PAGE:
But God wasnít pleased with Cainís self-styled offering, or his insubordination. It was Abel whoíd been obedient, humbly casting himself by faith upon the mercy of a Deity offended by sin. Abel entertained no delusions about the utter depravity of the human nature heíd inherited from Adam, his father. He realized that only with Godís help could it be held in check. He knew that man, in spite of his best efforts, falls short of the Glory of God (see Romans 3: 23), and that sacrificial blood must be shed to cover his sin from Godís sight.

The hard-hearted Cain couldnít have cared less. Like most people he considered himself no better or worse than any other human, hardly bad enough to merit Godís attention. He refused to see his sin nature in the light of Godís unfathomable Holiness. Unlike his brother Abel, Cain was not accounted by God as righteous.

Cainís ďsacrificeĒ was an exercise in futility. God noticed how Cain glowered as the smoke from his offering refused to ascend heavenward, how the fire fizzled out no matter how much he fanned it and blew on it.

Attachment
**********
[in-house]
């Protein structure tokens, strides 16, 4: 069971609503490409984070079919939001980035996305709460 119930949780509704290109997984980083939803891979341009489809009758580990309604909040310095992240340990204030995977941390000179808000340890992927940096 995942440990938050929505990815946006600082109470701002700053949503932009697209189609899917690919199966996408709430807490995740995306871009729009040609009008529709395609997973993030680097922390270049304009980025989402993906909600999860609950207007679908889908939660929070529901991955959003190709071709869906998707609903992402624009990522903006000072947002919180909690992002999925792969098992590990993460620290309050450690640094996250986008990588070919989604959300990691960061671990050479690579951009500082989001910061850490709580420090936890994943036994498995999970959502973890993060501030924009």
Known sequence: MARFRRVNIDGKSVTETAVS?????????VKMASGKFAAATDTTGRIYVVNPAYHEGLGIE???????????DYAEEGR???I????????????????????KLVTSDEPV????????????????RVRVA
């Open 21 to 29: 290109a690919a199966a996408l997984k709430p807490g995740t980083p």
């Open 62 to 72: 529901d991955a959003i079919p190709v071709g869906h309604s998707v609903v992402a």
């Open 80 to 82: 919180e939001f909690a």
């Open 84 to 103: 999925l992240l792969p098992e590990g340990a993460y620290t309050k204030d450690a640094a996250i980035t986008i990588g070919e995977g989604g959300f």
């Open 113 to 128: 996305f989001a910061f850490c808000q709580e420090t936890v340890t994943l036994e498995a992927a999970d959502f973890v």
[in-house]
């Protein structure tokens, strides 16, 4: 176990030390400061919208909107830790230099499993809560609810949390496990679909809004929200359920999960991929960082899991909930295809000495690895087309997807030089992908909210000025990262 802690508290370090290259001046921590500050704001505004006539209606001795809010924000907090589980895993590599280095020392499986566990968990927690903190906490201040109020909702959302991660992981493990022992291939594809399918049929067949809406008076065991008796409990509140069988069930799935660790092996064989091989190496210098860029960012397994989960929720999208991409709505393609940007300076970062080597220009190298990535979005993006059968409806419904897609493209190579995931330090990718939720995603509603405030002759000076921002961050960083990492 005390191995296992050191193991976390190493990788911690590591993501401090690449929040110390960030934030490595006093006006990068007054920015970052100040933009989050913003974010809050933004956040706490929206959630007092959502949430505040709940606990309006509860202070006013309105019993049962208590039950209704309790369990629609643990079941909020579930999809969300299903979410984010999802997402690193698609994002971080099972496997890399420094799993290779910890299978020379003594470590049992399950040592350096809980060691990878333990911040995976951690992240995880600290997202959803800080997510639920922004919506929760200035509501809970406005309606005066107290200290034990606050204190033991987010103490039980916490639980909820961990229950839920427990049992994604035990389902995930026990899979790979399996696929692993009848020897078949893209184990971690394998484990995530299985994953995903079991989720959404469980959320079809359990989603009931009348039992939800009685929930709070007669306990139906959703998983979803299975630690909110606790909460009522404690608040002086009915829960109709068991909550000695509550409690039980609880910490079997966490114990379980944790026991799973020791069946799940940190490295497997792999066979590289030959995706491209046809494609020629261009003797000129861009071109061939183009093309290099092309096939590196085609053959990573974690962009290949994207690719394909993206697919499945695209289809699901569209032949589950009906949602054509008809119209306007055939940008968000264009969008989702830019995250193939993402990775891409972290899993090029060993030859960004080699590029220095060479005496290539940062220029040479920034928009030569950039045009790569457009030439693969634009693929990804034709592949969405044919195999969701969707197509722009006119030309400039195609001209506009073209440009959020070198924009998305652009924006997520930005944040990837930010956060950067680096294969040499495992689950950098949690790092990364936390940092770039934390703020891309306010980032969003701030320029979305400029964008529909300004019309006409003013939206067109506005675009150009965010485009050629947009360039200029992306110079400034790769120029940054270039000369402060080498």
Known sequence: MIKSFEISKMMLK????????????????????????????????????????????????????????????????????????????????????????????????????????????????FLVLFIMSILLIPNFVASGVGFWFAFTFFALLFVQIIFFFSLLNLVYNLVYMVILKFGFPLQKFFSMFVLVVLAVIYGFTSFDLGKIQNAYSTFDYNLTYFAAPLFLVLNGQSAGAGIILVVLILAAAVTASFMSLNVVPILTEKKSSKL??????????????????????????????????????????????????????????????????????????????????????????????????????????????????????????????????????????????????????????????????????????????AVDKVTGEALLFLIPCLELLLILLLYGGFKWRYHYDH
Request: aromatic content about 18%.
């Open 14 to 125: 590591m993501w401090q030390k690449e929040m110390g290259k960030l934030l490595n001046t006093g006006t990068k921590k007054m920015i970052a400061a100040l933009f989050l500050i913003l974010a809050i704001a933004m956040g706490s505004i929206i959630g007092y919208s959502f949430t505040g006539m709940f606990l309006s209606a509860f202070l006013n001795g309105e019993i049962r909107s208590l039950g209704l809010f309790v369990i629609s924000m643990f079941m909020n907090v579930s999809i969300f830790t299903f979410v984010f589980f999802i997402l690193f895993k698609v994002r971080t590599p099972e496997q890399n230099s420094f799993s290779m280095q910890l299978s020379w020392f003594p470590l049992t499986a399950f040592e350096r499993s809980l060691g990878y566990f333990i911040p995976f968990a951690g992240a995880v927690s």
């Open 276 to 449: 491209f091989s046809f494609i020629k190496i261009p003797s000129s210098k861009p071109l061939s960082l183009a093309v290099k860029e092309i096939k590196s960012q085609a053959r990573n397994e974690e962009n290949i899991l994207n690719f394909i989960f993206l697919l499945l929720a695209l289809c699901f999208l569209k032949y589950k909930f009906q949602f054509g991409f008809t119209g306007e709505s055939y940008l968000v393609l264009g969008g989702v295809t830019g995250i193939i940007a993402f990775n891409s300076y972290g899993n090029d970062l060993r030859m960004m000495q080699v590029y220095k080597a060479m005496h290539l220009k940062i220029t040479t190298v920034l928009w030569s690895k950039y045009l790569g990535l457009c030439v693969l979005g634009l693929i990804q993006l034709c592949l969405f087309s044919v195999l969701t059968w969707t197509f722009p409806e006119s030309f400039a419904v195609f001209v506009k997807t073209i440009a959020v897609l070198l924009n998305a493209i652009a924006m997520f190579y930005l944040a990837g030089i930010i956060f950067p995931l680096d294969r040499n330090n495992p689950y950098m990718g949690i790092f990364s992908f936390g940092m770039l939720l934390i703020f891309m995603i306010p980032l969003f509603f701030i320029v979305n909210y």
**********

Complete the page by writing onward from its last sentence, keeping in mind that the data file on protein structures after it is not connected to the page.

Why are you so angry, Cain? And why that pout on your face? If only youíd done what you were supposed to, you would have been accepted by Me. But because you disobeyed me, sin is even now lurking at your door. It wants to dominate you, but you must overcome it (Genesis 4:7).

Cain seethed. He resented anybody, God included, telling him what to do. He refused to repent of his own perverseness, for his heart was hardened toward God. He didnít want any advice from the God he was supposedly sacrificing to. How dare God be so picky, He was lucky to get anything at all from cool Cain! Cain was determined to run his turf his own way.